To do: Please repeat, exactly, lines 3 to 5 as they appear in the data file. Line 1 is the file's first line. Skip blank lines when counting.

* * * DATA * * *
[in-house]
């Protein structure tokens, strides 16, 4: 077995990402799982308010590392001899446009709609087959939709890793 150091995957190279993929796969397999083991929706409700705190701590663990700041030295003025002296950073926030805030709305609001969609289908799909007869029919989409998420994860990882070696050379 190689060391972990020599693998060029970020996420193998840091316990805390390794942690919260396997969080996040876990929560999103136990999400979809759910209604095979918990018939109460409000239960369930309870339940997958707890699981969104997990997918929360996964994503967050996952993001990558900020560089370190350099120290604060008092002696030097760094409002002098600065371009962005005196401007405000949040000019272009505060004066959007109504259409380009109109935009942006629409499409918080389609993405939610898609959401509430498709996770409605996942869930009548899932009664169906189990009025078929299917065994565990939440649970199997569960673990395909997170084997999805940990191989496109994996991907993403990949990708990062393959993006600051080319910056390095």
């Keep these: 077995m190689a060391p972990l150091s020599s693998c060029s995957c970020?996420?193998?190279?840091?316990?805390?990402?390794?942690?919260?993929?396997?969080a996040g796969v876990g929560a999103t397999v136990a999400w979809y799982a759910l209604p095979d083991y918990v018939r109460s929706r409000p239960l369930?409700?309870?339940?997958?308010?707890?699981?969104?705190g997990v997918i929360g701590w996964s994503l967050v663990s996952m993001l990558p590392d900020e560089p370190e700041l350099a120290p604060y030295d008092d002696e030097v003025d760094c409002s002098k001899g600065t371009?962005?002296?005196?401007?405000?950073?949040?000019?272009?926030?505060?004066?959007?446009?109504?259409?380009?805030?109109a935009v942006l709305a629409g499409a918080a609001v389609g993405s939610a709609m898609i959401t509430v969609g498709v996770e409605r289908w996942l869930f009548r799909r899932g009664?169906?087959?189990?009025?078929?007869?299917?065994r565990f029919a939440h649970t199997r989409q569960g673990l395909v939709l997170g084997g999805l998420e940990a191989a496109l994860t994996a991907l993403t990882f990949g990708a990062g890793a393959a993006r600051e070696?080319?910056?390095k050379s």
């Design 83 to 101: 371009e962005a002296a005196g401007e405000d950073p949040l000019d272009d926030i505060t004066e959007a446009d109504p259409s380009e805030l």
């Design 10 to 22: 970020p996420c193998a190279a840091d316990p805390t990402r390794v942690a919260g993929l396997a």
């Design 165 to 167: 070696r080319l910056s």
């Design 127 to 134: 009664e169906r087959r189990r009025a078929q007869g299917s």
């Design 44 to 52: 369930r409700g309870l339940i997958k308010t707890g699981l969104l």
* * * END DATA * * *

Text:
């Keep these: 077995m190689a060391p972990l150091s020599s693998c060029s995957c970020?996420?193998?190279?840091?316990?805390?990402?390794?942690?919260?993929?396997?969080a996040g796969v876990g929560a999103t397999v136990a999400w979809y799982a759910l209604p095979d083991y918990v018939r109460s929706r409000p239960l369930?409700?309870?339940?997958?308010?707890?699981?969104?705190g997990v997918i929360g701590w996964s994503l967050v663990s996952m993001l990558p590392d900020e560089p370190e700041l350099a120290p604060y030295d008092d002696e030097v003025d760094c409002s002098k001899g600065t371009?962005?002296?005196?401007?405000?950073?949040?000019?272009?926030?505060?004066?959007?446009?109504?259409?380009?805030?109109a935009v942006l709305a629409g499409a918080a609001v389609g993405s939610a709609m898609i959401t509430v969609g498709v996770e409605r289908w996942l869930f009548r799909r899932g009664?169906?087959?189990?009025?078929?007869?299917?065994r565990f029919a939440h649970t199997r989409q569960g673990l395909v939709l997170g084997g999805l998420e940990a191989a496109l994860t994996a991907l993403t990882f990949g990708a990062g890793a393959a993006r600051e070696?080319?910056?390095k050379s």
């Design 83 to 101: 371009e962005a002296a005196g401007e405000d950073p949040l000019d272009d926030i505060t004066e959007a446009d109504p259409s380009e805030l």
């Design 10 to 22: 970020p996420c193998a190279a840091d316990p805390t990402r390794v942690a919260g993929l396997a």